Amanda does not under-estimate the scale of the challenge ahead: “We’ve learnt a lot over the last five years and know more now about what our customers value. I’m really confident that we have the skills and the talent that we need within Pobl to take this next step on our journey, and that our collaborative approach to working in partnership with the Welsh Government, local authorities and commercial developers will help us get there.”  

(Lead image: Pobl Group)


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Carmarthenshire

Carmarthenshire proposes 4.4% council tax increase

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Carmarthenshire Council have announced a proposed 4.4% increase in council tax, around £1.15 a week more for the average Band D property.

Despite the proposed increase, the Council must still find and deliver £11.7million of savings over the next three years.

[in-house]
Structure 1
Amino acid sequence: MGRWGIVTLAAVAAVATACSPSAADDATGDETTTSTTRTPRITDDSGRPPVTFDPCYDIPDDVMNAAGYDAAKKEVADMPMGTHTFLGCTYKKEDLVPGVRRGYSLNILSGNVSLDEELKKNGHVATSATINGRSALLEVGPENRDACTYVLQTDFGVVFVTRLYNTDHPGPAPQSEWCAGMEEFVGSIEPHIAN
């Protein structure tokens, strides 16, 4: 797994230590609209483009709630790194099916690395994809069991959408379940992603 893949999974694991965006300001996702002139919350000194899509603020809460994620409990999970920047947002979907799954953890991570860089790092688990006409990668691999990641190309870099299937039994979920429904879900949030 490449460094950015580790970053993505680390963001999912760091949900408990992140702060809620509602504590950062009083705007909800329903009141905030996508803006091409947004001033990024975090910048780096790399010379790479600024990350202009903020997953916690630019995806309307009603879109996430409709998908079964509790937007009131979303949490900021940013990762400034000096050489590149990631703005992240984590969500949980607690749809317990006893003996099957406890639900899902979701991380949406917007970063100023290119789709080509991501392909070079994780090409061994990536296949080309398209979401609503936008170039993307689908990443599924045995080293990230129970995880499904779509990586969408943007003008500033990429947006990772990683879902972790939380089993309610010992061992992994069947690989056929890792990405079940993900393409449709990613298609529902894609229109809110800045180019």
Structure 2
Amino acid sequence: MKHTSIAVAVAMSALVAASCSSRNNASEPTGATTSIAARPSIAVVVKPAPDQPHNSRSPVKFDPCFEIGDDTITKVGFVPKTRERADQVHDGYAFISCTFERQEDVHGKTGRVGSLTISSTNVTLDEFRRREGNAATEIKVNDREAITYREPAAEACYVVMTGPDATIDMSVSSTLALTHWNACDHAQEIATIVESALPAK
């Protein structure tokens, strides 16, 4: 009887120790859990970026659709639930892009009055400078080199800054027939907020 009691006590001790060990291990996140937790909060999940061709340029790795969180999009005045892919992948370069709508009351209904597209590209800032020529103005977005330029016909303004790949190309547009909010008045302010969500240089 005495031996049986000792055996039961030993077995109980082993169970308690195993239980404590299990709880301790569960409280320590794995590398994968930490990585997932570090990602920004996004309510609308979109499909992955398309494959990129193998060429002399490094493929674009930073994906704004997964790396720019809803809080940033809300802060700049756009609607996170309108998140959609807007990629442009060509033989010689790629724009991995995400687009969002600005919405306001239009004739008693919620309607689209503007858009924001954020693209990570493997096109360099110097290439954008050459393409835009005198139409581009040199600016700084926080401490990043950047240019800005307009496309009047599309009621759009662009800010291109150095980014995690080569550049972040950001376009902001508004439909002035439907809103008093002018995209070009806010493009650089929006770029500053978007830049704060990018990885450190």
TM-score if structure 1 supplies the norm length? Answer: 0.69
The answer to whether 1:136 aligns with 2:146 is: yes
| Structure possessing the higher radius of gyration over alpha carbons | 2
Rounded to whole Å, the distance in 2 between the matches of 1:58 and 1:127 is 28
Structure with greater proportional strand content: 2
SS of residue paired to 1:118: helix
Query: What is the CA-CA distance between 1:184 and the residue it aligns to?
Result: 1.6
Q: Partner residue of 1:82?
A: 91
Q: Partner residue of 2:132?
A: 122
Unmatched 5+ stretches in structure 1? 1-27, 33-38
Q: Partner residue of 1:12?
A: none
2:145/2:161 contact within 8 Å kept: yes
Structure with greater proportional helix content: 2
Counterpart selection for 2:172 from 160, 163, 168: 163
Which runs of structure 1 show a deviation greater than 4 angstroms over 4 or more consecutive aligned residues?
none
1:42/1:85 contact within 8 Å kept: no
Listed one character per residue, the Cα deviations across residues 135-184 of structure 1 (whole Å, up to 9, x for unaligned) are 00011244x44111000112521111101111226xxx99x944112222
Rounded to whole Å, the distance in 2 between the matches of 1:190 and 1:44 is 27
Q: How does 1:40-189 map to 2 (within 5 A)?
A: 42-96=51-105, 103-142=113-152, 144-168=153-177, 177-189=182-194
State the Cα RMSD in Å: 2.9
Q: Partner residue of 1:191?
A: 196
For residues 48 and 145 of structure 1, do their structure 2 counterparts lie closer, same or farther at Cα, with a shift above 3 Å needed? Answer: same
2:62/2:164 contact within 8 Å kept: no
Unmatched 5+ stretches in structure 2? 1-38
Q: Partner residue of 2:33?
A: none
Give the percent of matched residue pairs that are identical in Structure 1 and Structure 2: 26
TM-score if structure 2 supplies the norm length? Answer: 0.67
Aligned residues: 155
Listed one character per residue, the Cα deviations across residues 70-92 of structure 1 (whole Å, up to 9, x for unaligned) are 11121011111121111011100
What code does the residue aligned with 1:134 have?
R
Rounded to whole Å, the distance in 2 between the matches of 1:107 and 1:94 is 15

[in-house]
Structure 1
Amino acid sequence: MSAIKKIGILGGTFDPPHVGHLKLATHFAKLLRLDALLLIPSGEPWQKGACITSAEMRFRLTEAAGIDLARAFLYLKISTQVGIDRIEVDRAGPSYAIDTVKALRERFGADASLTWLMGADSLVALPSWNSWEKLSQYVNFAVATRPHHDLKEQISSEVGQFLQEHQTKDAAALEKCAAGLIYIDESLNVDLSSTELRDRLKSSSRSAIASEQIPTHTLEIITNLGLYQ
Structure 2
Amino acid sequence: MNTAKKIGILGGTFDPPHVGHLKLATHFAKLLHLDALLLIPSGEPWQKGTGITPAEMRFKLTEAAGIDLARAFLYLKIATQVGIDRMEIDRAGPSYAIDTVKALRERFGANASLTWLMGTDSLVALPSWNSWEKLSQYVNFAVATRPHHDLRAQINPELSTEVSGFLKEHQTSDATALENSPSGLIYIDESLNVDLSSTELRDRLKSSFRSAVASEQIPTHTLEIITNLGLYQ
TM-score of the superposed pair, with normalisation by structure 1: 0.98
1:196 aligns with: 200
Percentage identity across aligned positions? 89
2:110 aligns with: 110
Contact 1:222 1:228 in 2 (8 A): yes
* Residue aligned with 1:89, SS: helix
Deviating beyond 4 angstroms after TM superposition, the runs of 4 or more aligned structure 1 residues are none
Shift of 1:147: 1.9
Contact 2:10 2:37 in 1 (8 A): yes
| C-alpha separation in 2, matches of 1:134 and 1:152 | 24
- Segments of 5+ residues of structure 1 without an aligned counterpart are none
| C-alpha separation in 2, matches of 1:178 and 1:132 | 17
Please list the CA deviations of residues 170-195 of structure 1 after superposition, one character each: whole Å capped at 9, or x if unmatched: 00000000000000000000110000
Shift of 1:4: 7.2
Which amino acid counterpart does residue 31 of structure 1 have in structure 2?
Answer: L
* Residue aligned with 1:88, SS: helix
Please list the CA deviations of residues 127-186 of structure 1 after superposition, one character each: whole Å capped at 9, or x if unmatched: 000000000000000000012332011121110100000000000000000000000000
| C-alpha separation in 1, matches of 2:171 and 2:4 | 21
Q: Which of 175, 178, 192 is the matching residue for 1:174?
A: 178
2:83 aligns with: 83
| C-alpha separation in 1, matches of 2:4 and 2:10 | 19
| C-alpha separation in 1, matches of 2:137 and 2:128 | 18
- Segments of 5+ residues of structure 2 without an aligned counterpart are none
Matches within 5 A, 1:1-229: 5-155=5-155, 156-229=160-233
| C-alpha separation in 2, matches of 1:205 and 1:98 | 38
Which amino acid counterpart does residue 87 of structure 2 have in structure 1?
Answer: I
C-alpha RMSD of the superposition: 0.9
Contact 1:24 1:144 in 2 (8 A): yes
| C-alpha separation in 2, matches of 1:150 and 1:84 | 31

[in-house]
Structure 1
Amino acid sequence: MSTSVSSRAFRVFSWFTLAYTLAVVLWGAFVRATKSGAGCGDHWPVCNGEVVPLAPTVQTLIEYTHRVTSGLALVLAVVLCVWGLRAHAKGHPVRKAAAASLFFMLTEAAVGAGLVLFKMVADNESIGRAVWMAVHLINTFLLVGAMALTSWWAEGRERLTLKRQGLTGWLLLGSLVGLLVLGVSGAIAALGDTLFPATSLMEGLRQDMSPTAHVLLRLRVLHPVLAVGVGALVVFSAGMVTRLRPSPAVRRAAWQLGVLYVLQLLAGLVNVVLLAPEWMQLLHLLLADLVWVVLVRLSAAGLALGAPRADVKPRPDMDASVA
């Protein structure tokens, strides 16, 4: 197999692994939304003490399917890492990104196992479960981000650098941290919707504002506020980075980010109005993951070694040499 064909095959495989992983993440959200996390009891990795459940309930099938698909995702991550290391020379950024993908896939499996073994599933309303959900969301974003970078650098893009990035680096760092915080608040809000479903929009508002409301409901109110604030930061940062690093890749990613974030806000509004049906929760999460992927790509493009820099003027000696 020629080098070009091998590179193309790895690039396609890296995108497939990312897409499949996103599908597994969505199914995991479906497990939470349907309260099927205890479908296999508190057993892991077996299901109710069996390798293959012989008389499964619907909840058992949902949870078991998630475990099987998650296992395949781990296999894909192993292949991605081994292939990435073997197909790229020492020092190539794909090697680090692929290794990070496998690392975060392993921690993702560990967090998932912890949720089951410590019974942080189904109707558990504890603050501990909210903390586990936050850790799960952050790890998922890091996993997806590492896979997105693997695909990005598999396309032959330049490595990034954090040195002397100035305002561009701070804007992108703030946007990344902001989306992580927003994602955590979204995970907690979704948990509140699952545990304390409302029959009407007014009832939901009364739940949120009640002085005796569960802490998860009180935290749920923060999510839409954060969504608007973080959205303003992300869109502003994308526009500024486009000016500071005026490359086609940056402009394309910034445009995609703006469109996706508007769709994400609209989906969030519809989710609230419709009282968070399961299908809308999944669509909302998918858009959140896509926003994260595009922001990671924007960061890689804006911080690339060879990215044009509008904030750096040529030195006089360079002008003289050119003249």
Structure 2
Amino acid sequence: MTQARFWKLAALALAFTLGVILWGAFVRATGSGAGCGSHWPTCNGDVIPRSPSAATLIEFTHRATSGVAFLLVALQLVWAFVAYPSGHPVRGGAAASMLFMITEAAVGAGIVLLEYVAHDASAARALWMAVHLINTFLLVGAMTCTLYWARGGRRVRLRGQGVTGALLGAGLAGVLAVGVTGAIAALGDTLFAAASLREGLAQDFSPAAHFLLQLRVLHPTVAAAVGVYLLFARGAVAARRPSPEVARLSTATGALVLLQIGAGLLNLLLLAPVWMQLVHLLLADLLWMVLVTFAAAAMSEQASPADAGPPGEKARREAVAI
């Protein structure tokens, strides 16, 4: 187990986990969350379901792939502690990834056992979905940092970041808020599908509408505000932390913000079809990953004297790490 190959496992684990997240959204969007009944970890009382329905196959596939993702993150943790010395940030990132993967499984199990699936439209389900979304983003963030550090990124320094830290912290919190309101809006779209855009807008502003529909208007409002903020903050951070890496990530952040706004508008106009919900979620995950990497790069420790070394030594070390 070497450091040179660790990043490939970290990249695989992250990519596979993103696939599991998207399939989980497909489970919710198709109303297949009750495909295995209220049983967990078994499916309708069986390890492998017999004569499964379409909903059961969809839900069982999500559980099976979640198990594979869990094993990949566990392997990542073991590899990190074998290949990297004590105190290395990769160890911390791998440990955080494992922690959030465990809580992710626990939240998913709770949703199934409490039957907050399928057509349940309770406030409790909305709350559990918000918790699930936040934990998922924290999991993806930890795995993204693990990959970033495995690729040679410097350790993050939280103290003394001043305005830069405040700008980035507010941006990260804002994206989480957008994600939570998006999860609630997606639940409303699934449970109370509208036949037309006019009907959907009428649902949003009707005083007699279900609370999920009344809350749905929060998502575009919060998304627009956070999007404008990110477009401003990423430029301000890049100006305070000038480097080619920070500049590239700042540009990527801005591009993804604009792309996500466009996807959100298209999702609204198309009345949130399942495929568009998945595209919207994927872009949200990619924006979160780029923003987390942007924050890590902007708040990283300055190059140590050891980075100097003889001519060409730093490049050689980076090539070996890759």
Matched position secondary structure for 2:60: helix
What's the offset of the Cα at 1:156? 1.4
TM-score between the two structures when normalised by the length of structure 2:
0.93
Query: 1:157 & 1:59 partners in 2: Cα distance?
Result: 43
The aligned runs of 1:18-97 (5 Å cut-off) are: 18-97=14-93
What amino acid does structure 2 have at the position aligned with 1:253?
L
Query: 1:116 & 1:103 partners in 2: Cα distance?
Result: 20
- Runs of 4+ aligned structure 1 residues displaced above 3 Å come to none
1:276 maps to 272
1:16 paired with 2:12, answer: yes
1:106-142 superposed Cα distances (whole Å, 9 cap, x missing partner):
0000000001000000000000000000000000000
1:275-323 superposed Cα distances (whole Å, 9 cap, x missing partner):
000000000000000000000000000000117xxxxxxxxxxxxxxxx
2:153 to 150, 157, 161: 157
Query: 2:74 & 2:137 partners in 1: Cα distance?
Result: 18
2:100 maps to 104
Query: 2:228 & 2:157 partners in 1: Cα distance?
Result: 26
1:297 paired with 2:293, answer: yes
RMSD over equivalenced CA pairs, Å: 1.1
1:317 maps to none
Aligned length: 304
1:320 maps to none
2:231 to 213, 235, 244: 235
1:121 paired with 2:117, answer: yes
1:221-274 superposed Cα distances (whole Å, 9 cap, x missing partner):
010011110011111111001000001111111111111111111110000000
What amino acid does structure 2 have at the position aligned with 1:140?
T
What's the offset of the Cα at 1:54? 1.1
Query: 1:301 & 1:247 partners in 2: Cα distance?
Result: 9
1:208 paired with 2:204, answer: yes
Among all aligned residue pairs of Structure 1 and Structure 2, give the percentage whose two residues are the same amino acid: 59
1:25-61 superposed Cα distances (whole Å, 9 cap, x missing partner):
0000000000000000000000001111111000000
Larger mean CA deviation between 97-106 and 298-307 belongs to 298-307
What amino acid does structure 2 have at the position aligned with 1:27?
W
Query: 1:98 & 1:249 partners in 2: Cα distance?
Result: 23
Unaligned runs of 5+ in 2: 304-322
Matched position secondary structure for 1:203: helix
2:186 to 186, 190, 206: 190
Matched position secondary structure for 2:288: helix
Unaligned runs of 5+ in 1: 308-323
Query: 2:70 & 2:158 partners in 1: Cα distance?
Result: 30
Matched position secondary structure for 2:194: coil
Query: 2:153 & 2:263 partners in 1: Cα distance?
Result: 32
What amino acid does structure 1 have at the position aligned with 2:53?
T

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Council Tax raises around £105million a year and contributes to around a quarter of the total annual budget.

Councillors must also find a way to manage the increasing demand for certain services, such as social care, and inflationary pressures – including the rising cost of energy bills and increasing costs of paying the foundation living wage – as well as delivering day to day services and schemes that will benefit and grow the county’s economy.

The council say they continue to feel the impact and uncertainty from the Covid-19 pandemic, with increasing pressure on several service areas and the prospect of Welsh Government’s hardship funding coming to an end.